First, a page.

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Mushrooms cloud Polish election campaign

by editor

Wild mushrooms are a tempting treat but dangerous if you don’t know what you’re doing. That’s true whether you’re eating them or using them to score political points, Jarosław Kaczyński has found.

The Polish éminence grise, who leads the ruling Law and Justice (PiS) party and is arguably the country’s de facto ruler, on Sunday accused the opposition of allowing the EU to dictate forest management policy, which he said would trample on the national pastime of foraging for fungi.

“A huge amount of Poles go mushroom picking. We go mushrooming to rest, to go for a walk, for all sorts of purposes. And this … is part of our freedom and we will not let this freedom be taken away from us,” local media reported Kaczyński as saying, adding that the EU “wants to make decisions” on forest management.

But within a day, the vice president of the Association for Mushrooms, whose activities include teaching amateurs how to spot a poisonous morsel, said it was in fact the ruling party’s policy that had decimated Poland’s wild mushroom populations.

“What is happening in the forests is genuine robbery. I’m talking about cutting down trees,” Ryszard Ziętkiewicz told Polish news website Wirtualna Polska in an interview published late Monday. “Mushrooms are everywhere, including in agricultural fields, but logging certainly affects the richness of mushroom species that require specific conditions.”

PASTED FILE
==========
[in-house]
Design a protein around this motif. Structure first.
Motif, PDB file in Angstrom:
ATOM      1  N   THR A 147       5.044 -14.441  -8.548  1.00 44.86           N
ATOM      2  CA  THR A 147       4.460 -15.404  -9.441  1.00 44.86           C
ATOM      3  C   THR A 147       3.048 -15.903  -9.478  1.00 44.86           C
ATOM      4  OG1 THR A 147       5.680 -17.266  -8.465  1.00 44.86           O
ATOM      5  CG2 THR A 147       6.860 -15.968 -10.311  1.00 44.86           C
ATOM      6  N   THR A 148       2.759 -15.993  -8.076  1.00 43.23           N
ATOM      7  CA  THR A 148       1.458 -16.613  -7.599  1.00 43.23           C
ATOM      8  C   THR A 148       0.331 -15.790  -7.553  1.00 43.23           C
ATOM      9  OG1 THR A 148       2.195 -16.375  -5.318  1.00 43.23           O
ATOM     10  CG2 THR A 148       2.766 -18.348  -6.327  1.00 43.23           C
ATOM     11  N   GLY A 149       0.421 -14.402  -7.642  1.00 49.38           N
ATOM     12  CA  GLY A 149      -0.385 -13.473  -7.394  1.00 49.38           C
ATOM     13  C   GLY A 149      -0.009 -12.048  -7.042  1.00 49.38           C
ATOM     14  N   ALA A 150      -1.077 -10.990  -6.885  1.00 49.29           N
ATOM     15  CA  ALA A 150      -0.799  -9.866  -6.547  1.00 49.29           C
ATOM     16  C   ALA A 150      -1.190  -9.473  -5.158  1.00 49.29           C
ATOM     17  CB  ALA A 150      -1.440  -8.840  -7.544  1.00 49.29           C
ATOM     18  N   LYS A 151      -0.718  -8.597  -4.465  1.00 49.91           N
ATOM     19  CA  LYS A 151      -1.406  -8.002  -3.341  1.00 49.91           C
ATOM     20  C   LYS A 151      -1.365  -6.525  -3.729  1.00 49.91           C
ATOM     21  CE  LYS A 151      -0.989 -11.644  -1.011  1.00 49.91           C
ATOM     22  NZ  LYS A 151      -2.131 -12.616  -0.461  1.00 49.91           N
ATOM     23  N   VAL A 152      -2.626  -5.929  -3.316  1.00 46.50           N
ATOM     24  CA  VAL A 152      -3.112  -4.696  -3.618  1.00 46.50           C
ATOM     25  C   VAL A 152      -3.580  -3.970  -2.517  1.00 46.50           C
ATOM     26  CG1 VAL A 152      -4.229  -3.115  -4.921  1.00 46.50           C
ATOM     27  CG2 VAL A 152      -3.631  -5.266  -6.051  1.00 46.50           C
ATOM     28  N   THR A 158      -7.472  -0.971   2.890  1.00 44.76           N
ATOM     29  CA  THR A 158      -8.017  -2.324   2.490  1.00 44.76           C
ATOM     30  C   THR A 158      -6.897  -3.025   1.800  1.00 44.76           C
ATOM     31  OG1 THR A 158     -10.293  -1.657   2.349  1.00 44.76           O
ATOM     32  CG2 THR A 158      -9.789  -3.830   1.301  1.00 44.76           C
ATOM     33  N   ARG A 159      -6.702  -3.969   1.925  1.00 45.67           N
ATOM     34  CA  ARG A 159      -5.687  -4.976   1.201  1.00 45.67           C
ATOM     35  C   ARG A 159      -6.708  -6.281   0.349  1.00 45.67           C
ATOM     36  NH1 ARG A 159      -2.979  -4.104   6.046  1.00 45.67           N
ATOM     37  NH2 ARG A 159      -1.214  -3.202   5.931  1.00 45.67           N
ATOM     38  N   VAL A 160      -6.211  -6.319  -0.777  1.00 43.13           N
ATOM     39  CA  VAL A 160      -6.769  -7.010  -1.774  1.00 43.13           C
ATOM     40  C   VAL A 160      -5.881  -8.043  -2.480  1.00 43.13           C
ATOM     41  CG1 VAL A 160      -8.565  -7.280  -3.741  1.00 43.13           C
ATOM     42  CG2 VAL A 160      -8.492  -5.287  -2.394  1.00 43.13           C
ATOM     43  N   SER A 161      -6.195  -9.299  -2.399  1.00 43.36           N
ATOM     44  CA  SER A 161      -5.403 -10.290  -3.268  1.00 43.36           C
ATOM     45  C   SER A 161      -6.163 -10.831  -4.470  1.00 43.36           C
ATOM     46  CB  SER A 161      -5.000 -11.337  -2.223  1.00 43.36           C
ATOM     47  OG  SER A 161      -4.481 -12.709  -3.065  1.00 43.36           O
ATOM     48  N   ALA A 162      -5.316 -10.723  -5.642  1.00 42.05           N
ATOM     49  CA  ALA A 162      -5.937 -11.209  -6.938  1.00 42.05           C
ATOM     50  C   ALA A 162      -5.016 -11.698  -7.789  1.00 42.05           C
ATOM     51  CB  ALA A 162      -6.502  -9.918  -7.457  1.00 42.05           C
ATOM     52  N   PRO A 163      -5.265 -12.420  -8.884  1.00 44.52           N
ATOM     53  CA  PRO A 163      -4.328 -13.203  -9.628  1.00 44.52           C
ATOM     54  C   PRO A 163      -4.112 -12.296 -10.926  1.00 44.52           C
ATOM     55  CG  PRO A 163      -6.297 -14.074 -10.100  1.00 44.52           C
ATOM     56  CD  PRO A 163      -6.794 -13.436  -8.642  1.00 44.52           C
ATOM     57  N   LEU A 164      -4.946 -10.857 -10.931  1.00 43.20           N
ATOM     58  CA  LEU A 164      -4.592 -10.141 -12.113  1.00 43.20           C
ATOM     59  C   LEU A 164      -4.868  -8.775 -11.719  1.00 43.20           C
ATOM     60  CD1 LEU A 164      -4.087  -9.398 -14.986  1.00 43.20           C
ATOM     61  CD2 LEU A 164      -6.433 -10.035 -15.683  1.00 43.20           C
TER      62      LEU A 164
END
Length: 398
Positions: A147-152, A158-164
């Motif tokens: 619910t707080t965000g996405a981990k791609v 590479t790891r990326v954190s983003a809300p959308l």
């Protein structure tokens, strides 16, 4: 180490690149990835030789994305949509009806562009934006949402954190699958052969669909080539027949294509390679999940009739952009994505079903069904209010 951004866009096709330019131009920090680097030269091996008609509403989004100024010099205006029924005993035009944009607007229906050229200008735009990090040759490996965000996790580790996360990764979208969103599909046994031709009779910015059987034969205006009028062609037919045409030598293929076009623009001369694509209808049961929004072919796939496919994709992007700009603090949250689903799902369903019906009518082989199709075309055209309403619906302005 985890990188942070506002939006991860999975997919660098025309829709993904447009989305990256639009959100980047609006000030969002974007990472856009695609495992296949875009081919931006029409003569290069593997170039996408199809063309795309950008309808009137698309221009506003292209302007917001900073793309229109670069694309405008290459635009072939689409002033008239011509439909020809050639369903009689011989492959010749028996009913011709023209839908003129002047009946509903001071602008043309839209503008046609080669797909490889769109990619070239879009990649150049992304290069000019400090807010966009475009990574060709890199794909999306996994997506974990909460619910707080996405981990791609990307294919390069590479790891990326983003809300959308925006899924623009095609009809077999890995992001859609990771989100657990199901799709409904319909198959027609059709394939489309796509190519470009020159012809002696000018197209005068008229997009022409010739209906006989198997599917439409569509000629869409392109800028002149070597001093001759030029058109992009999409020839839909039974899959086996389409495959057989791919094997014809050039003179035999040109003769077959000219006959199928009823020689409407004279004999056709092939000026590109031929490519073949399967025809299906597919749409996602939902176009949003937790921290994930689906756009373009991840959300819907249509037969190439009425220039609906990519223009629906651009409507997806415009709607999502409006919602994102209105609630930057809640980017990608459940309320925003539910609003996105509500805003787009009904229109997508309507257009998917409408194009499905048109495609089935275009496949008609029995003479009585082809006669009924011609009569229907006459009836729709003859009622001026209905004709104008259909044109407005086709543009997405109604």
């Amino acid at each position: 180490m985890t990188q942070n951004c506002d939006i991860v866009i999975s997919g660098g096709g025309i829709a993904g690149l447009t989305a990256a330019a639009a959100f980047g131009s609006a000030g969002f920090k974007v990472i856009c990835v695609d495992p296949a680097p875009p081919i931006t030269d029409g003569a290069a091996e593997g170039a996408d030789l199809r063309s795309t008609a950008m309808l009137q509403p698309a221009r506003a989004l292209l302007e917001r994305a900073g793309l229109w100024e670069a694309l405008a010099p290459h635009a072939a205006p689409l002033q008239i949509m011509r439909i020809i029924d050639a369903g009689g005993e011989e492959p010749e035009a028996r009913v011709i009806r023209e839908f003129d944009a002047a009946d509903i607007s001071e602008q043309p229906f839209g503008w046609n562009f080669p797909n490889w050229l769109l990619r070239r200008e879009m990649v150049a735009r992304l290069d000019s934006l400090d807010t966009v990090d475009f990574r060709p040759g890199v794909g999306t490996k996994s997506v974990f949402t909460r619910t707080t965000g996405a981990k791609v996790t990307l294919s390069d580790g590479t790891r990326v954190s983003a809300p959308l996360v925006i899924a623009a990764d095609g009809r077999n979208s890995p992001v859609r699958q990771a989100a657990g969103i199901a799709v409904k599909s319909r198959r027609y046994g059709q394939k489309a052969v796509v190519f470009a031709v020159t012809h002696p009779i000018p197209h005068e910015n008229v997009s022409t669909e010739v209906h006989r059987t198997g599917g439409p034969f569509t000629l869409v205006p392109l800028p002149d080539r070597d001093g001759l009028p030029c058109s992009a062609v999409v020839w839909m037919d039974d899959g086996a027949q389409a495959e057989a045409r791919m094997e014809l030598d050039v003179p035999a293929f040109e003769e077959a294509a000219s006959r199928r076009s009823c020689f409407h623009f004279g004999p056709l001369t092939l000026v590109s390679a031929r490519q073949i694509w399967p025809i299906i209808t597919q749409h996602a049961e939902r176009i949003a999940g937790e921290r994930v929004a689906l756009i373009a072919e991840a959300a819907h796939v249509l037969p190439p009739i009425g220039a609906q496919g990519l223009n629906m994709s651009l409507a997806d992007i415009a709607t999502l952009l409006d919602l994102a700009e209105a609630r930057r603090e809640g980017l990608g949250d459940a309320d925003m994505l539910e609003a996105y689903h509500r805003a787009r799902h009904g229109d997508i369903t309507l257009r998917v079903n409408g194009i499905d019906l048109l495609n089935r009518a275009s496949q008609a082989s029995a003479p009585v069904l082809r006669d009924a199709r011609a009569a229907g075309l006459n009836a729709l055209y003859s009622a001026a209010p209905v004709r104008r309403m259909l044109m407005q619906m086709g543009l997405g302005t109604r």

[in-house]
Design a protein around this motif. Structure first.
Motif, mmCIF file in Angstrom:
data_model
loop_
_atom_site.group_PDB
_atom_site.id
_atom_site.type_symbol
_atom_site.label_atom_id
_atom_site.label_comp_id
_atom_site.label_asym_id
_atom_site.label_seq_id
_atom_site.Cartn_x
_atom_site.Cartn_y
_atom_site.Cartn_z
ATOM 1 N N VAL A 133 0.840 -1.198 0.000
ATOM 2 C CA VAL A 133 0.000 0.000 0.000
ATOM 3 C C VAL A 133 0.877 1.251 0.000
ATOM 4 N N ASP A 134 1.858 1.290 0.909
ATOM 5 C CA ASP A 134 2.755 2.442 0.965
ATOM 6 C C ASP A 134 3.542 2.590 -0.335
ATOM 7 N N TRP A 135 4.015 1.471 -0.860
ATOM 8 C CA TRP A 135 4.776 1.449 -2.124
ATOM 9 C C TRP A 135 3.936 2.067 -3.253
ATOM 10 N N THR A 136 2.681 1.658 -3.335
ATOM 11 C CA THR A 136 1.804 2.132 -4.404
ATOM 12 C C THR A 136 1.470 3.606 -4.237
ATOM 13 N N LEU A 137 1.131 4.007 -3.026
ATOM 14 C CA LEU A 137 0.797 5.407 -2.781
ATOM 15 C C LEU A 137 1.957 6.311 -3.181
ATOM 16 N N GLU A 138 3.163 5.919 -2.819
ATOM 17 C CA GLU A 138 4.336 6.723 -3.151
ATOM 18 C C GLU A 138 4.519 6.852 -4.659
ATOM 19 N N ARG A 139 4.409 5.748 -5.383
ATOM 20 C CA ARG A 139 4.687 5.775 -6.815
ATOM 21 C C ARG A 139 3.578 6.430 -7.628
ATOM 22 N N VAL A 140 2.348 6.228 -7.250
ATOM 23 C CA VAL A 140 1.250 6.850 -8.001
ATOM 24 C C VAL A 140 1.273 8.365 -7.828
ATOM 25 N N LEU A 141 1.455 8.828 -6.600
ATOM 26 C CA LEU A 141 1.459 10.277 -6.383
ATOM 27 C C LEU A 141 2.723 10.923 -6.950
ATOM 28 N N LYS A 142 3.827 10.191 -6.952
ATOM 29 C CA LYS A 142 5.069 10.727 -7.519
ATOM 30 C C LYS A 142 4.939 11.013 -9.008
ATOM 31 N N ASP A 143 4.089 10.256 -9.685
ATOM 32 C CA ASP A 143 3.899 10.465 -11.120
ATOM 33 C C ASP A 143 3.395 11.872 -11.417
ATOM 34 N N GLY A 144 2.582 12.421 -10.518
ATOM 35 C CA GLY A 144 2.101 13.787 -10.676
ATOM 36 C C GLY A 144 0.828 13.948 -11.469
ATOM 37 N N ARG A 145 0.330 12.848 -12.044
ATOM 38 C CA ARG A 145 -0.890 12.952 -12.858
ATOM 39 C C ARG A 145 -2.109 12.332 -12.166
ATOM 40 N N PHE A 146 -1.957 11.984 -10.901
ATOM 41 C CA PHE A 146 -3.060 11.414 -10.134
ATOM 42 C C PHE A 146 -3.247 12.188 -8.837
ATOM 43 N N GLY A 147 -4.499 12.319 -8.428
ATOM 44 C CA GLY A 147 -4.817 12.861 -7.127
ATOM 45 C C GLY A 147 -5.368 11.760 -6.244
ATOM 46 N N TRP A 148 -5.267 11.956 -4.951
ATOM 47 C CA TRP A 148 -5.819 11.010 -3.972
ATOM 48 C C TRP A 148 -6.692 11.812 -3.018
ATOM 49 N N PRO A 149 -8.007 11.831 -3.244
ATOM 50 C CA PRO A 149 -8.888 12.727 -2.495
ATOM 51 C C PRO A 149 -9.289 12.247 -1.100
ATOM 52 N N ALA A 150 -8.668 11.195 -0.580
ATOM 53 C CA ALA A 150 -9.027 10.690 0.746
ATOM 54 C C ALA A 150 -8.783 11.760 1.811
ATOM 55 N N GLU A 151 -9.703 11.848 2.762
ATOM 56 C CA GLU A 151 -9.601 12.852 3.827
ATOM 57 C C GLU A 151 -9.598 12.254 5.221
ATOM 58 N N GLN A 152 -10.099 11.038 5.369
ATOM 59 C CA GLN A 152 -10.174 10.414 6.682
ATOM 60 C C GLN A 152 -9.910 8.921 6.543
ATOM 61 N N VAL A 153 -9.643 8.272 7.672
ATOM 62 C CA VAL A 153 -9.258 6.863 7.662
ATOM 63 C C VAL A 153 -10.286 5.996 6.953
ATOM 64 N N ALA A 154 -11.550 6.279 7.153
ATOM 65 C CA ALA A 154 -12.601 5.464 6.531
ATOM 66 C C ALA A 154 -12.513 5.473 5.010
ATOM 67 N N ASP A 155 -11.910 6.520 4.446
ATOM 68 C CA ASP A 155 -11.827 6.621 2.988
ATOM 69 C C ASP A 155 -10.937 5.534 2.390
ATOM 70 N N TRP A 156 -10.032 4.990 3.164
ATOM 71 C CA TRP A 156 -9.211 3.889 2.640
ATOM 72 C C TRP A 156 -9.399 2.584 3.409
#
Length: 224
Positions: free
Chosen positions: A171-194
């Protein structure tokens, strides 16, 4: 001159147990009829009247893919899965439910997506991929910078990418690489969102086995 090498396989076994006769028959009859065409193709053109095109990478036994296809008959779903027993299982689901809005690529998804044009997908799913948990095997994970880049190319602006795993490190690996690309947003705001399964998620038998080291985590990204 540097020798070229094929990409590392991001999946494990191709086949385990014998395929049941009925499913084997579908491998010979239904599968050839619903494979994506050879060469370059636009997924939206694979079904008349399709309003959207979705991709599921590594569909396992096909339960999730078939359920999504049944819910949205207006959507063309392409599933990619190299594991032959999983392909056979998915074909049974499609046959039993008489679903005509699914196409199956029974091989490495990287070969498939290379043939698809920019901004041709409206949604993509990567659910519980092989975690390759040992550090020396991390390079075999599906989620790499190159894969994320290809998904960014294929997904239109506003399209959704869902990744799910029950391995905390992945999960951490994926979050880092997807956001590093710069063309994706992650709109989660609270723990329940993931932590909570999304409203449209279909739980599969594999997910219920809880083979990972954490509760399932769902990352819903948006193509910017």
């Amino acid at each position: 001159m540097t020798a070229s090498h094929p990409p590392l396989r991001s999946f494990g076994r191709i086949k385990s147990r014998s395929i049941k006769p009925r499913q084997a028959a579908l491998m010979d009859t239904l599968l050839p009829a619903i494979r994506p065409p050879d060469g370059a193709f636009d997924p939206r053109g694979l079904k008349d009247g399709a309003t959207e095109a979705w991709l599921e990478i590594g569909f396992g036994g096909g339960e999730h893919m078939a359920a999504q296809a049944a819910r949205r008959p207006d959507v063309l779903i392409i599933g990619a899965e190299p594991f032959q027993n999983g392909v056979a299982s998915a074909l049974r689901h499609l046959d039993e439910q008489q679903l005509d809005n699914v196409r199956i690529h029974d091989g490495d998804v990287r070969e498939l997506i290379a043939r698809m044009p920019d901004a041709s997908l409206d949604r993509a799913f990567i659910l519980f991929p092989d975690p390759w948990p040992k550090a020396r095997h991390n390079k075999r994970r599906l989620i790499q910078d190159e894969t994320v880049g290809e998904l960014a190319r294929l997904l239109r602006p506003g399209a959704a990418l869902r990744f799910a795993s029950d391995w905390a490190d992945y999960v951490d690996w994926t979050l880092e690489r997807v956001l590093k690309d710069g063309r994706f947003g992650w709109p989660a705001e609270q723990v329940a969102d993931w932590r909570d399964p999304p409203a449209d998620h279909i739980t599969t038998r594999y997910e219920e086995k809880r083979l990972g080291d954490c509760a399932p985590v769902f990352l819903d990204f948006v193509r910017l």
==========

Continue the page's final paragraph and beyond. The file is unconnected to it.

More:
In 2018, the EU’s top court ruled that the Polish authorities had breached EU law by deciding to increase logging rates in parts of the protected Białowieża forest, which contains traces of the last primeval forest in Europe.

More recently, in March, the same court ruled that Poland’s policy to allow tree cutting during birds’ breeding season went against EU nature conservation rules.

Poland — the largest mushroom producer in Europe — will head to the polls next fall for a general election in which PiS, which has been in power since 2015, is facing significant hurdles to win an unprecedented third consecutive term in office.

PiS is still Poland’s most popular party, according to POLITICO’s poll of polls, but the opposition has gained ground.

Kaczyński’s speech on Sunday also sparked sarcastic comments from the pro-EU Civic Platform opposition party.

“Kaczyński stated that what is at stake in these elections is the freedom to pick mushrooms. I feel a bit strange having such a rival,” former prime minister and Civic Platform leader Donald Tusk said.

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